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“Sisyphus Screwed” (2019, 42” x 45”) is the painter’s annual holiday greeting.  Some of you will receive a paper copy via USPS.  There, some rather tortured prose on its reverse attempts to fit the work into seasonal traditions within a current political atmosphere where peace and brotherly love are not prospering.  Perhaps, viewed here, the struggle between the tall evergreen and the intrusion of man made machines speaks for itself?


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  • Aboard The Empire Builder 2011-2019, oil on canvas, 28 x 40 inches, copyright ©2019

Aboard The Empire Builder 2011-2019

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Questions for The Giant:

What was it caused the painter to go back to work on Aboard despite its present lack of relevance for any conceivable audience?  Philippe’s apparent wonder at visions revealed by the moving train? An experiment to see if Catherine’s blurred hand could make the Empire Builder move?  Memories of John posing for the arms and hands of the waiter?  Her own love for grapefruit?  The color vermillion?


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  • Ideas Of Order On Marion Street, oil on canvas, 33 x 38 inches, copyright ©2019

Ideas Of Order

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It all started some years ago with the red couch, a case of incipient disorder, an inside turned outside, in a town (it turned out) poised for the present descent of real estate agents and de/construction enterprises.  Sketches were made, photographs taken in all kinds of weather, a stretcher frame built and blank canvas pulled over it.  An initial layer of paint was applied.  The result was run past friends.  Enthusiasm was lacking.  “Order on Marion Street” went to the bottom of the unfinished pile until April this year.  The good news is that with this latest effort the painter’s collection of work that needs work has diminished by one more item.  Call it a study in symmetries and their disruption or absence, and consider the closing lines of Wallace Stevens’ A Connoisseur of Chaos:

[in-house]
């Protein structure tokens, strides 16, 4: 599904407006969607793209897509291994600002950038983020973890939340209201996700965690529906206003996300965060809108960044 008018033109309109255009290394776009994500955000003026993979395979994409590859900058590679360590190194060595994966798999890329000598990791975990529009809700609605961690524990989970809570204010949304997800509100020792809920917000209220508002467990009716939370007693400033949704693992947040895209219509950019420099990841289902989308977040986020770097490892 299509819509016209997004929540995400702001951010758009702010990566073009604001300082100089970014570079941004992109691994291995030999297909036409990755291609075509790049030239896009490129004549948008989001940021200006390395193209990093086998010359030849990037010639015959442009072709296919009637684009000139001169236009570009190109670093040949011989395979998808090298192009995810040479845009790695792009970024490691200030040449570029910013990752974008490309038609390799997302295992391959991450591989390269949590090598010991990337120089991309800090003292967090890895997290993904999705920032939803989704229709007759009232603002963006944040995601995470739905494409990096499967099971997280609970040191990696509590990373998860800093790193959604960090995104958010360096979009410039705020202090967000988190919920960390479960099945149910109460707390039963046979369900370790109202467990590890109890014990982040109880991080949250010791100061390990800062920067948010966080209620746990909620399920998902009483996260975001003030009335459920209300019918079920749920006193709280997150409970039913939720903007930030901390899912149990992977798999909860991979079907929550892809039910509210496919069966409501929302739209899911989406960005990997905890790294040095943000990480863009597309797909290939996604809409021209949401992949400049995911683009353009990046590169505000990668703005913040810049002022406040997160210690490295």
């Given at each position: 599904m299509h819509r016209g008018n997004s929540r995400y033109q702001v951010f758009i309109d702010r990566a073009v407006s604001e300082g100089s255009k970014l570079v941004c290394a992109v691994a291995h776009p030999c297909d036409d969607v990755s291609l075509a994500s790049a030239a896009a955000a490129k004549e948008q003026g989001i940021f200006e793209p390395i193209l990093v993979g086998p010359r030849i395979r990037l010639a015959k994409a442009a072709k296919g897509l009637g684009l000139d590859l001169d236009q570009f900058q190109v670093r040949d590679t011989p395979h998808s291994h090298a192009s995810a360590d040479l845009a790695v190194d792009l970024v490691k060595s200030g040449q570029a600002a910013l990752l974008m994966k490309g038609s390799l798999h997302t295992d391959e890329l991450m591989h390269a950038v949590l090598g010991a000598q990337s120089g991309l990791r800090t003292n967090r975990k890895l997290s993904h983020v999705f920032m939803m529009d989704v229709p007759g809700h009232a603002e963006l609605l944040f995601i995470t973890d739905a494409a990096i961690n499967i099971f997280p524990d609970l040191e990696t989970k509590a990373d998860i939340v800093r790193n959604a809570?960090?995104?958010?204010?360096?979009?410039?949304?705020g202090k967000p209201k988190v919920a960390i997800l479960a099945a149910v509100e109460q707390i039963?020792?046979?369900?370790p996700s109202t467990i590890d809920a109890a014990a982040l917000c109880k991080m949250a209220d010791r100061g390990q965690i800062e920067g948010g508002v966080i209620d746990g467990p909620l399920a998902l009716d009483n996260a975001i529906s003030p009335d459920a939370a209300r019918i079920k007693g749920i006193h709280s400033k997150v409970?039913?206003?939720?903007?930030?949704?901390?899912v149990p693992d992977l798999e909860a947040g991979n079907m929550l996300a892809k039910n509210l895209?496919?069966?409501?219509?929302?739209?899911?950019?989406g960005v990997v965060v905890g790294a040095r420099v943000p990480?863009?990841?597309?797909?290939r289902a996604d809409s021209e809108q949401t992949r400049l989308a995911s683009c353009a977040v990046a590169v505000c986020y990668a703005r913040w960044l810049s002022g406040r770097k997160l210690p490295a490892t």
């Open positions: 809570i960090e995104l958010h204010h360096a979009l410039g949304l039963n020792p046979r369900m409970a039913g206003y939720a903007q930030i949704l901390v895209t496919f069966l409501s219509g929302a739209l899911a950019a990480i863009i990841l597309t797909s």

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  • Transport, oil on canvas, 34 x 38 inches, copyright ©2019


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Limited as it is to just two tall buildings, the great beyond of downtown Seattle apparent through the gate central to “Transport” is a superannuated image. Indeed, this canvas picked up its first layer of paint sometime before that area sprouted its present crop of skyscrapers.  


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  • Metaphysical Streets, oil on canvas, 32 x 35 inches, copyright ©2019

Metaphysical Streets

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In the metaphysical streets, the profoundest forms
Go with the walker subtly walking there.
These he destroys with wafts of wakening,

Free from their majesty and yet in need
Of majesty . . .

Wallace Stevens, Ordinary Evening, xi